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Imagine a fashion system where every garment was made to last and designed to be resold, rented or swapped. Imagine buying clothing with the intention of wearing and sharing, rather than hoarding. Imagine your wardrobe constantly rotating with “new” clothes, repeatedly reinventing your style without ever clicking “add to cart”.
What you’re imagining is the sharing economy, a growing sustainable fashion movement that turns the entire retail model on its head. From WhatsApp chats with friends to COVID-safe swap shop events, people are increasingly participating in a new kind of marketplace based on an old way of trading, where the product itself is the currency. As traditional retail models crumble and sharing economy startups thrive, the future of consumption is peer-to-peer.
What Is the Sharing Economy?
In modern, market-based economies, most goods and services are exchanged via a system of production, consumption and waste. By 2030, global clothing and shoes consumption is expected to reach 102 million tons (roughly equivalent to more than 660 billion T-shirts), and in the US over 9 million tons of clothing and footwear were sent to the landfill in 2018.
As an alternative, the sharing economy re-introduces the ancient idea of redistributing products and services amongst the community, instead of relying on individual ownership.
If you look up the sharing economy online, you’ll encounter well-known corporate examples like Airbnb, where housing is shared, and Uber, where cars are shared. You might also see this system described as ‘collaborative consumption’, in which groups and individuals exchange and share products on a peer-to-peer basis.
In the fashion industry, the sharing economy can refer to activities like swapping, renting and resale, which are all methods of accessing products that already exist instead of purchasing new ones. At its core, fashion’s sharing economy is all about fulfilling the original purpose of clothes, and that is simply to be worn. When shared instead of simply sold and bought, a garment can be worn over and over, multiplying the different lives it can live.
If you’re wondering about the difference between the sharing economy and the circular economy, both models aim to help reduce the need for new production, but sharing is all about keeping the garments themselves in circulation instead of relying on recycling to lighten the load. But is sharing more sustainable than shopping? According to WRAP, extending the life of half of the garments in the UK by just nine months could reduce its carbon, water and waste footprint by 22%.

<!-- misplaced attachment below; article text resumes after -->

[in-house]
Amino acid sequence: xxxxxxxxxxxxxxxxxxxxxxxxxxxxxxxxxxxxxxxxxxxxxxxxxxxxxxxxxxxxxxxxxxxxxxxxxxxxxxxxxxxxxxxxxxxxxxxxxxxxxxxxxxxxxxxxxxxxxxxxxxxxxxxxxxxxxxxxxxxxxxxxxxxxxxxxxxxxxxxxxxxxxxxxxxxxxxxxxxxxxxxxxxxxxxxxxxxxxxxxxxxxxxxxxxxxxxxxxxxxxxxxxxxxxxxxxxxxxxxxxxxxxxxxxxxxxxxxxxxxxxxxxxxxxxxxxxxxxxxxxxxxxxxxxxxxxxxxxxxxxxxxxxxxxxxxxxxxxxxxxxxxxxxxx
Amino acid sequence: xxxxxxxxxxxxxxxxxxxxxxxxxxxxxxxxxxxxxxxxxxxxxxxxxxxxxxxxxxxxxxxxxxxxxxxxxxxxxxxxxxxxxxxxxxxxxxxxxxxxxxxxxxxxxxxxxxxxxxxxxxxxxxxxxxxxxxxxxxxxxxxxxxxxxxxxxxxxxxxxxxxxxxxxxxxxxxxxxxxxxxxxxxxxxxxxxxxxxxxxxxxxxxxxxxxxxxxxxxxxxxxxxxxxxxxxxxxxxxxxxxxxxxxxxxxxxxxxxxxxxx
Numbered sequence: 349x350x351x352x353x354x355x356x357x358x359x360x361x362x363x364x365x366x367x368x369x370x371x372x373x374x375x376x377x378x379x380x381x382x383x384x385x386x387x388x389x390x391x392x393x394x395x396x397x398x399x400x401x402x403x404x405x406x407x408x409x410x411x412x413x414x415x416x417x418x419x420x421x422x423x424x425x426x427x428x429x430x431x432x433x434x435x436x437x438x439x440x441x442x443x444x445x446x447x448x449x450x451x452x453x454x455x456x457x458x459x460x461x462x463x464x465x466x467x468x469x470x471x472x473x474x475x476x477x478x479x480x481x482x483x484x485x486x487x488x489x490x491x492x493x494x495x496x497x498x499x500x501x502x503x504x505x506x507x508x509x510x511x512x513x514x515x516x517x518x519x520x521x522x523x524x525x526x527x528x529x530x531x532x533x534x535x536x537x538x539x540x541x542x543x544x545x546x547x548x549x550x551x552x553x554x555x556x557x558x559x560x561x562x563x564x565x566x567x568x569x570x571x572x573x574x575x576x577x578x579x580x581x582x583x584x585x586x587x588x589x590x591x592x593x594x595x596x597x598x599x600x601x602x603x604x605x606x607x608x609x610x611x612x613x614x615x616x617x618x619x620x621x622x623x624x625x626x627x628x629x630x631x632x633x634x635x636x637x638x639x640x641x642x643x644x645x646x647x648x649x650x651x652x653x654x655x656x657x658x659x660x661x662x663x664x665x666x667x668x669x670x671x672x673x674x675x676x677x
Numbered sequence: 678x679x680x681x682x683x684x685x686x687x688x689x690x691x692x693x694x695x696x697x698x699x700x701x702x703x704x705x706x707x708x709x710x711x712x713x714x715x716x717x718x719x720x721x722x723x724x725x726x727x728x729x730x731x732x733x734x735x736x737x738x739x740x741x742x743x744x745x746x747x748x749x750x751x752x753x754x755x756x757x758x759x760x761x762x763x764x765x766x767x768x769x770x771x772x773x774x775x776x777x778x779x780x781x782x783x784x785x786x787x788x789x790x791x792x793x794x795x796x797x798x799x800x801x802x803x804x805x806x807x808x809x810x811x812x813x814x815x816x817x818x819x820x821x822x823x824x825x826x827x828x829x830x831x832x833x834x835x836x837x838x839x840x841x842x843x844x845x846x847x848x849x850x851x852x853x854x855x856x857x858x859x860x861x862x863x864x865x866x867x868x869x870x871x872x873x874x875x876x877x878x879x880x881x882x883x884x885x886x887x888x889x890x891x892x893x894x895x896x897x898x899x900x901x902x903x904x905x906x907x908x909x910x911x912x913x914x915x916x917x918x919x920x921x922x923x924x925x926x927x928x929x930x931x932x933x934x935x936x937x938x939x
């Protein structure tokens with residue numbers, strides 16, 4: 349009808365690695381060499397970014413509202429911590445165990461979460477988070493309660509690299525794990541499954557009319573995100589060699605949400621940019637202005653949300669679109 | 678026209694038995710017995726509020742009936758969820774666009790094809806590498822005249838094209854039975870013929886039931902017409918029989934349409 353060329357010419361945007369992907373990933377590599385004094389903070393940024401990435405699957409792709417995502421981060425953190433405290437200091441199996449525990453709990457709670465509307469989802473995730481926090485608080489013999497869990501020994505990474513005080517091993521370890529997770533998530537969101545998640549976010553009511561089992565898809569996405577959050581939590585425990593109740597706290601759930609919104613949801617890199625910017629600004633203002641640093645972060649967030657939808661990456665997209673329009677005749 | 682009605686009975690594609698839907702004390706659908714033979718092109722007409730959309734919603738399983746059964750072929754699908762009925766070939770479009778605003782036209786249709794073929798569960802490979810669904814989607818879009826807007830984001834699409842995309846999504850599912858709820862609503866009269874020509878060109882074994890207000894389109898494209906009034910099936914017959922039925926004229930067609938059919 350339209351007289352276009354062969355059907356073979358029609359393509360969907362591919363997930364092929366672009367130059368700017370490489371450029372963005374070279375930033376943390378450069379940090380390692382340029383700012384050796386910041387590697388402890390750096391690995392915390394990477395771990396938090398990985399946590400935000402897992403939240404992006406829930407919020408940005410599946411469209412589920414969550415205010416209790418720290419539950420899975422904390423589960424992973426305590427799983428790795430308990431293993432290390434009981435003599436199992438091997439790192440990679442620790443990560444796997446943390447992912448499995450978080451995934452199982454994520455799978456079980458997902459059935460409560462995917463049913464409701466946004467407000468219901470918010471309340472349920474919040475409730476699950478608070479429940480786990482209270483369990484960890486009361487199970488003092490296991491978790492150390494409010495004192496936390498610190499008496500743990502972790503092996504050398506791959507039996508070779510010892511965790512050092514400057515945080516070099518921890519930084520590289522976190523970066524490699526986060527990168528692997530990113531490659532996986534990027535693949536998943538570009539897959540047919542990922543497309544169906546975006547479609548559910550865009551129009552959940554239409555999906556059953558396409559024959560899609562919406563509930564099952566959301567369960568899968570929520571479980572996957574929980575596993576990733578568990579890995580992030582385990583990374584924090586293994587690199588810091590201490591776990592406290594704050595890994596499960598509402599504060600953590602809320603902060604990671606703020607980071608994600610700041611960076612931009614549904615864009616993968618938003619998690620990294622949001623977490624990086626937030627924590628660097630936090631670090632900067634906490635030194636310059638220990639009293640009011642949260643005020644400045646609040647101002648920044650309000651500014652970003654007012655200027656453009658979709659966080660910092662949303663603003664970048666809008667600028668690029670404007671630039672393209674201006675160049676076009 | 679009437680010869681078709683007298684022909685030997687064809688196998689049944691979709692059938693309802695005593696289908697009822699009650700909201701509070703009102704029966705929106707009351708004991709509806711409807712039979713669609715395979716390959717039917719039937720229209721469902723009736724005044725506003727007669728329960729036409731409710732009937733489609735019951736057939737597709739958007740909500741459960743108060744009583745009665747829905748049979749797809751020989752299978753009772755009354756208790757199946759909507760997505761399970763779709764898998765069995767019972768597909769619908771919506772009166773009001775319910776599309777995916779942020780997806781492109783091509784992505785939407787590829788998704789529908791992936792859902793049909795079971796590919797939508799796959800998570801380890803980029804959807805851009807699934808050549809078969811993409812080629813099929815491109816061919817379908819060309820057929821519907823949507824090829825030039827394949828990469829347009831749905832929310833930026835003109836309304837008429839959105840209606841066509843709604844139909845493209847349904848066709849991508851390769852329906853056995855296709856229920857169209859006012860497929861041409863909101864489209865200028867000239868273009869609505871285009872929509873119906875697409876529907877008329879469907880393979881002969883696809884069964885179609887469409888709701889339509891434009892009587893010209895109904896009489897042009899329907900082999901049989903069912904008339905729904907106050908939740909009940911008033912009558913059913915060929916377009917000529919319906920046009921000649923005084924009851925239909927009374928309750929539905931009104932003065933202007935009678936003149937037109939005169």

However, the exact numbers on the sustainability of sharing clothing are difficult to quantify, because there are very few studies that conduct a full life cycle analysis on a garment throughout all its different rounds of wearing and sharing. There can also be the risk of a rebound effect, where people who take part in clothes sharing also increase their consumption in other ways. Therefore, if you want to build a sustainable wardrobe, it’s important to take into account the entire spectrum of your shopping habits.
Beyond the environmental side, sharing offers plenty of other benefits. Offloading old clothes from your overcrowded closet can be a huge plus, not to mention the more affordable prices of secondhand fashion, opportunities to experiment with your style, and even the potential to make friends through clothes-sharing communities.
How to Share Clothing Online
Usually, we would wholeheartedly recommend attending or organizing an in-person clothes swap, but during the pandemic, sharing has gone digital.
For safe swapping, try websites and apps like Nuw and The Dress Change, which operate on a credit system, so you can upload as many items as you like and use the rewards to “spend” on more items. Swopped offers subscriptions with a limited number of like-for-like items for $9 per month, while Swap Society sets a minimum price of $3.99 for each item. Big Sister Swap sends you a personalized bundle of “new” clothes in exchange for your old ones, and Reshash lets you request to swap specific items that you’re looking for.
Another option is to go old school and head to Freecycle, a grassroots non-profit site where members all around the world can get their hands on items for absolutely zero cost. On Facebook, thousands of local community groups offer mutual aid through bartering a variety of items, including clothing — maybe you need to offload some old tote bags, but next week, someone offers you a free desk chair or hires out their lawnmower. Keep in mind that you get out what you put in, so all of these platforms are a brilliant way to follow the one-in-one-out rule and minimize waste in your wardrobe.